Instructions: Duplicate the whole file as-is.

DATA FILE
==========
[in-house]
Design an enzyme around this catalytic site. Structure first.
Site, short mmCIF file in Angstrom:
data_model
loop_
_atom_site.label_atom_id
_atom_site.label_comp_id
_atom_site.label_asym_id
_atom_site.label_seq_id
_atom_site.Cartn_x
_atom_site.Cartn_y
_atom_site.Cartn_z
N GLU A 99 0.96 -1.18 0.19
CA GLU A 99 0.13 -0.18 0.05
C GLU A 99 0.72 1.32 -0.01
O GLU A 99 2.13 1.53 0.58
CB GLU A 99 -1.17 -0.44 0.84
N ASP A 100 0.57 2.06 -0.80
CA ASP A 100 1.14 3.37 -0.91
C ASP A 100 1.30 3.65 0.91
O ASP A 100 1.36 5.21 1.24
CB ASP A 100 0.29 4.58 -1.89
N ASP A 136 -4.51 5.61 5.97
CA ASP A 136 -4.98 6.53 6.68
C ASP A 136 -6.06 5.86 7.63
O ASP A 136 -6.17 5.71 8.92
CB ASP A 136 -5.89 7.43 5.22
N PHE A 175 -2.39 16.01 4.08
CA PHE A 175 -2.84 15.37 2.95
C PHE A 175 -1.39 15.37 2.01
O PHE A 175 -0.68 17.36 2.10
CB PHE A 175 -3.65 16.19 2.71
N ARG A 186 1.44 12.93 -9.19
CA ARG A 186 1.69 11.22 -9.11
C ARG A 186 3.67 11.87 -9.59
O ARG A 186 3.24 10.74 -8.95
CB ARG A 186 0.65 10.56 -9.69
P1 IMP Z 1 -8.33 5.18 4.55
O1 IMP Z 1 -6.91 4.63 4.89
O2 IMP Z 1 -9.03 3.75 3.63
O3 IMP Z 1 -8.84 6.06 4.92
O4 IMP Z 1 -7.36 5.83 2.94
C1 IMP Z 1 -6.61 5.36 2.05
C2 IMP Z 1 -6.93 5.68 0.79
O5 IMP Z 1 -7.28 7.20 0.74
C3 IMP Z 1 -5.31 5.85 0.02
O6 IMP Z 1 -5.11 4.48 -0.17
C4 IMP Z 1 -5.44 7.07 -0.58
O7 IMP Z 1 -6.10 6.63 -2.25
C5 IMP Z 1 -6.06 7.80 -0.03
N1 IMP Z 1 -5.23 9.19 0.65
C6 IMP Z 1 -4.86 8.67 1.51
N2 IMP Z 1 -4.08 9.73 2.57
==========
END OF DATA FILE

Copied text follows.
[in-house]
Design an enzyme around this catalytic site. Structure first.
Site, short mmCIF file in Angstrom:
data_model
loop_
_atom_site.label_atom_id
_atom_site.label_comp_id
_atom_site.label_asym_id
_atom_site.label_seq_id
_atom_site.Cartn_x
_atom_site.Cartn_y
_atom_site.Cartn_z
N GLU A 99 0.96 -1.18 0.19
CA GLU A 99 0.13 -0.18 0.05
C GLU A 99 0.72 1.32 -0.01
O GLU A 99 2.13 1.53 0.58
CB GLU A 99 -1.17 -0.44 0.84
N ASP A 100 0.57 2.06 -0.80
CA ASP A 100 1.14 3.37 -0.91
C ASP A 100 1.30 3.65 0.91
O ASP A 100 1.36 5.21 1.24
CB ASP A 100 0.29 4.58 -1.89
N ASP A 136 -4.51 5.61 5.97
CA ASP A 136 -4.98 6.53 6.68
C ASP A 136 -6.06 5.86 7.63
O ASP A 136 -6.17 5.71 8.92
CB ASP A 136 -5.89 7.43 5.22
N PHE A 175 -2.39 16.01 4.08
CA PHE A 175 -2.84 15.37 2.95
C PHE A 175 -1.39 15.37 2.01
O PHE A 175 -0.68 17.36 2.10
CB PHE A 175 -3.65 16.19 2.71
N ARG A 186 1.44 12.93 -9.19
CA ARG A 186 1.69 11.22 -9.11
C ARG A 186 3.67 11.87 -9.59
O ARG A 186 3.24 10.74 -8.95
CB ARG A 186 0.65 10.56 -9.69
P1 IMP Z 1 -8.33 5.18 4.55
O1 IMP Z 1 -6.91 4.63 4.89
O2 IMP Z 1 -9.03 3.75 3.63
O3 IMP Z 1 -8.84 6.06 4.92
O4 IMP Z 1 -7.36 5.83 2.94
C1 IMP Z 1 -6.61 5.36 2.05
C2 IMP Z 1 -6.93 5.68 0.79
O5 IMP Z 1 -7.28 7.20 0.74
C3 IMP Z 1 -5.31 5.85 0.02
O6 IMP Z 1 -5.11 4.48 -0.17
C4 IMP Z 1 -5.44 7.07 -0.58
O7 IMP Z 1 -6.10 6.63 -2.25
C5 IMP Z 1 -6.06 7.80 -0.03
N1 IMP Z 1 -5.23 9.19 0.65
C6 IMP Z 1 -4.86 8.67 1.51
N2 IMP Z 1 -4.08 9.73 2.57